• Splatoon's Salmon Run mode has a couple:
    • The Snatchers are a type of common Salmonid which spawn after a Boss Salmonid is defeated. They can't attack players, but they will attempt to take the Golden Eggs left on the ground back into the sea. Splatting them will make them drop any eggs they're carrying, but more Snatchers will continue to spawn until you pick the eggs up yourself and take them to the egg basket. While the ones in Splatoon 2 are bound to the ground and can only hold up to three eggs at once, the ones in Splatoon 3 can carry multiple Golden Eggs at once, and pilot tiny aircraft to grab out-of-the-way eggs, such as those left on a Fish Stick.
    • During certain Salmon Run waves, you will be faced with the Mothership, which can steal Golden Eggs right out of your egg basket. Shooting at it enough while it's attempting to siphon from your basket will push it back temporarily, but it will attempt to steal your eggs twice before the wave is over.

    Tower Defense 
  • Plants vs. Zombies: On the roof, Bungee Zombies will steal any plants marked with a target. They can be combatted with Umbrella Leaves or quickly killing them before they have a chance to get away with the plant. This overlaps with Instakill Mook, because once the plant is taken, its gone, even if they aren't necessarily killed in-universe.
  • Plants vs. Zombies 2: It's About Time:
    • The Ra Zombie uses his sun scepter to steal any sun lying around. Killing him makes him drop any sun that he stole.
    • The Turquoise Skull Zombie uses his Crystal Skull to steal sun lying about before firing it as a deadly beam attack. Killing him will not make him drop any sun that he stole.

    Turn Based Strategy 
  • Thieves in the Fire Emblem series can usually unlock and loot chests if you don't get to them quickly enough, and will them promptly make off with the goods if you don't kill them before they leave the map. Sometimes they'll perform other acts of banditry, and aim for nearby villages instead which usually have gold or useful items if you warn them to shut their gates. Depending on the game, the thieves may or may not be able to steal items from your slower characters.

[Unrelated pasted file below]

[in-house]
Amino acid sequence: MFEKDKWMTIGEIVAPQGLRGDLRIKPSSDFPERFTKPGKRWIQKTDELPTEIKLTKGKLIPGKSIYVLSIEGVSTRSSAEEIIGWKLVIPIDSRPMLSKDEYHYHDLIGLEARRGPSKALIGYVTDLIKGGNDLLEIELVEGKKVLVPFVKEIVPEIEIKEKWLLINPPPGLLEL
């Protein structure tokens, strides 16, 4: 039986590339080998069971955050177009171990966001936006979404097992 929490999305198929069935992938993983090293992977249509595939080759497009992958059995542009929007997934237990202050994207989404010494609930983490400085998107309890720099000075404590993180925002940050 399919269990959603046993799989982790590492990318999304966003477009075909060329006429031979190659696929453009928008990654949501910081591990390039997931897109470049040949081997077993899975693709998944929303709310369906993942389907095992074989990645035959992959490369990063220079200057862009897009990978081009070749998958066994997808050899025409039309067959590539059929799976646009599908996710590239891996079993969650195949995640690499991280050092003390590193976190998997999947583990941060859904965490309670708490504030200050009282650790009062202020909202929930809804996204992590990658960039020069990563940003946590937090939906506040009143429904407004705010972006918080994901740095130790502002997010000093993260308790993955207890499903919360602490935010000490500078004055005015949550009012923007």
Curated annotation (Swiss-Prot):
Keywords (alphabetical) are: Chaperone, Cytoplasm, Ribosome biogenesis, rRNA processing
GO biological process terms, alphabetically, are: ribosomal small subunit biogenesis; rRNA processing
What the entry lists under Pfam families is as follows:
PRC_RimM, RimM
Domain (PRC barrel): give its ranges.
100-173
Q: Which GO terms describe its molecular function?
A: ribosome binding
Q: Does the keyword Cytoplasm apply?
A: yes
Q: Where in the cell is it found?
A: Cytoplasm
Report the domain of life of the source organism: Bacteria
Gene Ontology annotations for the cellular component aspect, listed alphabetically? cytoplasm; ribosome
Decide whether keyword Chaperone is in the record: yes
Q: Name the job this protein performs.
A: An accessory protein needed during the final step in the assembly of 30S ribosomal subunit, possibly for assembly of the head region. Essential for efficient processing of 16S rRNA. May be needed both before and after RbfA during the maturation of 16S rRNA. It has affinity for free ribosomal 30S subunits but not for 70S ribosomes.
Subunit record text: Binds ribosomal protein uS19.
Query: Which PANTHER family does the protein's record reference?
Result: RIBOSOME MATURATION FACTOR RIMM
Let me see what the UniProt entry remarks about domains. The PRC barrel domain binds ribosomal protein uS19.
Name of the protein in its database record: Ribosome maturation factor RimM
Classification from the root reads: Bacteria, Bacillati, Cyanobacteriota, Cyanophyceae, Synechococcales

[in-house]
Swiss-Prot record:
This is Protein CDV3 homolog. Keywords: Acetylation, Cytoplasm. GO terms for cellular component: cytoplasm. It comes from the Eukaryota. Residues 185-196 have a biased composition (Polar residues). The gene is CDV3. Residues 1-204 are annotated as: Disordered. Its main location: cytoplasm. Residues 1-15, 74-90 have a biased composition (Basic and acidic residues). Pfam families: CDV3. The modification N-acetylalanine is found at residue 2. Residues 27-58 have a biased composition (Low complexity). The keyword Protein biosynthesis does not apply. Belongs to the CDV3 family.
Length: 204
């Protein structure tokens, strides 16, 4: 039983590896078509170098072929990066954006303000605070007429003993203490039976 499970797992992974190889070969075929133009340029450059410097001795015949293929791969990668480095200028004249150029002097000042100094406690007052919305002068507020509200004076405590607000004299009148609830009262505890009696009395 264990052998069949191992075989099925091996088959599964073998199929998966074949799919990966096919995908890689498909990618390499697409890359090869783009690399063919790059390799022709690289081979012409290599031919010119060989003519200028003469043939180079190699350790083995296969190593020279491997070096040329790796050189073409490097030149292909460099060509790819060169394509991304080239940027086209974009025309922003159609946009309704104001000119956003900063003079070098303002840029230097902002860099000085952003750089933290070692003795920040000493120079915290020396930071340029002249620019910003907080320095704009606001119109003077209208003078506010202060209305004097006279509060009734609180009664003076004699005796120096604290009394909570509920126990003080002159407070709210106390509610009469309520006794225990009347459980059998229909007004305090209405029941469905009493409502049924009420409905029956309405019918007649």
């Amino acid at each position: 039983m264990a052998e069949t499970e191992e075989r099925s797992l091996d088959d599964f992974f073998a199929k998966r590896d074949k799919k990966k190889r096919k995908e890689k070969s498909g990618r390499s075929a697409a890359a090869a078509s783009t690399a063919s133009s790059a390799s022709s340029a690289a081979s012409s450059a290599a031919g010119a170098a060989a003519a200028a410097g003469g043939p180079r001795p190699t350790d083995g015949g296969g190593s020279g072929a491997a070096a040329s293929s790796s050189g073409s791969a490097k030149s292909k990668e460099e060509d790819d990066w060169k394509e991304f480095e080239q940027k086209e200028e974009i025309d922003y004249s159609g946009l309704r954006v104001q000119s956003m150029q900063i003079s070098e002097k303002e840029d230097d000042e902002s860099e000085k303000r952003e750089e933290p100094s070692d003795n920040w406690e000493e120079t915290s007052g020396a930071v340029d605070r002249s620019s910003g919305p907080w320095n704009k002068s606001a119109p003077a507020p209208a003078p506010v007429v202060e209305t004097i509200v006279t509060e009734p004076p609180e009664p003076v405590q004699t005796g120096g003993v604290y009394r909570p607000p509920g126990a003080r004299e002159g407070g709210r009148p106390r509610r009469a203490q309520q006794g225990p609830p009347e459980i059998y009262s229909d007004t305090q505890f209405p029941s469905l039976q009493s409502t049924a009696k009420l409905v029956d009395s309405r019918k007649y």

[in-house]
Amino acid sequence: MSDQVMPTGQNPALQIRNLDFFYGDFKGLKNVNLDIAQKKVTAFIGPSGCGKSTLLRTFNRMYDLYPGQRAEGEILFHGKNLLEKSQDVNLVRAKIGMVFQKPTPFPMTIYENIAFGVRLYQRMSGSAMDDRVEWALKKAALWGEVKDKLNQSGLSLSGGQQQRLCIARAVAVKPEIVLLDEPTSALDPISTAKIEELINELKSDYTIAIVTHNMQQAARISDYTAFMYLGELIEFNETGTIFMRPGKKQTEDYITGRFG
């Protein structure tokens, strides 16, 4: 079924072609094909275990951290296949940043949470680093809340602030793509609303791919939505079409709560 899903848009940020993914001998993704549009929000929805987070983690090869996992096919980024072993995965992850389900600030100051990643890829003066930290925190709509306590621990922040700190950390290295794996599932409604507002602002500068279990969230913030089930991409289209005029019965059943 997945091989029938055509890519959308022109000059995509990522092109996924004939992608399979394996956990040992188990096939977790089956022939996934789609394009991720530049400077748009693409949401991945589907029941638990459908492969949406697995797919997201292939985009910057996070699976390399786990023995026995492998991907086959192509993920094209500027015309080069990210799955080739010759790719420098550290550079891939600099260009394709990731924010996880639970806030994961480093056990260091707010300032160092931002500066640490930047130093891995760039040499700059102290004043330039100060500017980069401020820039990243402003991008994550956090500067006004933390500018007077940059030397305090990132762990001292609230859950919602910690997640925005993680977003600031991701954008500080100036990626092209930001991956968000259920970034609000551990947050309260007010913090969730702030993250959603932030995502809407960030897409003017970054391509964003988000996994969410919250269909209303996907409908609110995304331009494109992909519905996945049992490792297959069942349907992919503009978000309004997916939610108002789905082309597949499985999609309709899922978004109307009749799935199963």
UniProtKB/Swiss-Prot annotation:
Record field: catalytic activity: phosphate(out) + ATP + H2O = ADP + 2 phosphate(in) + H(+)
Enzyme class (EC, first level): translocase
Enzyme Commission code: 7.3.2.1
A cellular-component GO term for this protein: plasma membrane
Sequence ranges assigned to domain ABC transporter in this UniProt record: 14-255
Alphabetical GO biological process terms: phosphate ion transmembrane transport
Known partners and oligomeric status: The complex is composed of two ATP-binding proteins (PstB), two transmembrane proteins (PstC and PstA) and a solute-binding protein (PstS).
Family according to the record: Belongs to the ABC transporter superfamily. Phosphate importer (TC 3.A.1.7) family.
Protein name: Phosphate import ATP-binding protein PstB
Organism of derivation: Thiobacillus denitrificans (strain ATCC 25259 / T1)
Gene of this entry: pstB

Wide Open Sandbox 
  • ARK: Survival Evolved has the Pegomastax. This small, easily missed biped jumps out on the player, stealing whatever is in their last inventory slot and dashing off into the undergrowth. Should that slot be empty the Pego will randomly select any item or stack of items being carried. They often invoke Finagle's Law by stealing something you really don't want to lose.
  • Don't Starve has a few monsters like this:
    • Gobblers are turkey-like critters that randomly pop out of berry bushes, and will eat the berries off nearby bushes you haven't already harvested.
    • Frogs will knock items out of your inventory with their attacks. Splumonkeys will not only knock items out of your inventory, but then pick them up.
    • Many monsters, including Pig-men, will eat any food you leave lying on the ground.
    • If you've been "naughty" and killed too many non-hostile mobs too quickly, The Krampus will show up and steal items from your treasure chests.
  • Dwarf Fortress: Kea birds are infamous for this. With their ability to fly and tendency to appear in large flocks, they are a major nuisance to most players, often seen stealing the fort's sole anvil before even any metalsmithing industry is established. They can steal artifacts, too. Giant kea share this tendency and add enough size and aggression to eviscerate dwarves that try to stop them.
  • Minecraft: If you die and drop all your items, any nearby zombies can pick some of them up and even use them as weapons to hit you with. Killing the bandit zombies may or may not get you your stuff back.


    Non-Video Games 
  • Afrikan tähti, a board game, has a round cardboard disc facing downwards on each location space. Landing on a space that still has its disc, you can either choose to pay or try your luck with the die to claim it. Three of these coins are Bandits: they steal all of the player's money. No buts. This could leave you on an island, and yes, travelling by ships costs money, meaning facing a Bandit on St. Helen, Madagascar, or Canary Islands was practically an instant game-over. Popular Game Variants existed for this very fix until decades later, new printings featured rules that featured an official solution to the problem.
  • Dungeons & Dragons: Swindlespitters are small dinosaurs who normally feed on the eggs of bigger creatures. However, they're not especially bright and tend to confuse small to medium-sized man-made objects for strange eggs. Consequently, one of their main gameplay uses is to filch objects such as books, backpacks and the like from player camps, carry them off into the jungle, and send players chasing after them to retrieve their goods before the creature can tear them to pieces to get to the yolk it's sure is in there somewhere.
  • Munchkin: A lot of different Bad Stuff cards steal and/or destroy the player's equipment. A double-edged sword because it has no effect if you have no equipment of that kind, but very irritating if you do.